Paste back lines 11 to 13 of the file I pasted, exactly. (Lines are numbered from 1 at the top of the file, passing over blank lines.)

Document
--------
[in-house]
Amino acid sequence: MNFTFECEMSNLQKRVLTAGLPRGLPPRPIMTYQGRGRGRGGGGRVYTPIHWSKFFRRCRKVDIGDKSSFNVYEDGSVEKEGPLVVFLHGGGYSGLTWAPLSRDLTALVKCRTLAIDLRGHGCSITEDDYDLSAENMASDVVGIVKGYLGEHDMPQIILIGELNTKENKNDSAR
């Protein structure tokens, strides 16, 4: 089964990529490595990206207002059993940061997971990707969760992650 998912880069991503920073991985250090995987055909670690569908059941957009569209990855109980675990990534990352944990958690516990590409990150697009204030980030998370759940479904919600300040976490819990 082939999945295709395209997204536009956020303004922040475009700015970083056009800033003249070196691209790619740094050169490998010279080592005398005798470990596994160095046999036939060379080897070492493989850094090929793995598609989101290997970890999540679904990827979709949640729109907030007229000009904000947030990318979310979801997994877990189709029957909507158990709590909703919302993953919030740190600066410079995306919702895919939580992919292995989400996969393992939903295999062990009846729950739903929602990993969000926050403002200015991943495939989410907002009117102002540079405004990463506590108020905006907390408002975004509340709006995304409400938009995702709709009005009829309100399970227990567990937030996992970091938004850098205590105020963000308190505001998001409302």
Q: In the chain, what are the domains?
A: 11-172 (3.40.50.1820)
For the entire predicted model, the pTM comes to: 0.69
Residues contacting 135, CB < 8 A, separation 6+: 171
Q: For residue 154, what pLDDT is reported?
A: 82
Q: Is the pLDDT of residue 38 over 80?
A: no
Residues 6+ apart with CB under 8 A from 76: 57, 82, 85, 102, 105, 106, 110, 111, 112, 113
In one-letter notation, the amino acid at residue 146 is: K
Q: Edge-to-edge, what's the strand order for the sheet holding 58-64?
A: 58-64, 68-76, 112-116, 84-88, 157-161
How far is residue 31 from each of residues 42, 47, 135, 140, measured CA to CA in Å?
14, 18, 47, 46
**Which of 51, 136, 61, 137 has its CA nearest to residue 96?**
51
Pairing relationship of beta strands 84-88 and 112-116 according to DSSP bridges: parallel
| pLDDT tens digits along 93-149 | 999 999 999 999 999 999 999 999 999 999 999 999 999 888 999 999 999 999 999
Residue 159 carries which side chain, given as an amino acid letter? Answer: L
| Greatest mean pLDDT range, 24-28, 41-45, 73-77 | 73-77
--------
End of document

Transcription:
A: no
Residues 6+ apart with CB under 8 A from 76: 57, 82, 85, 102, 105, 106, 110, 111, 112, 113
In one-letter notation, the amino acid at residue 146 is: K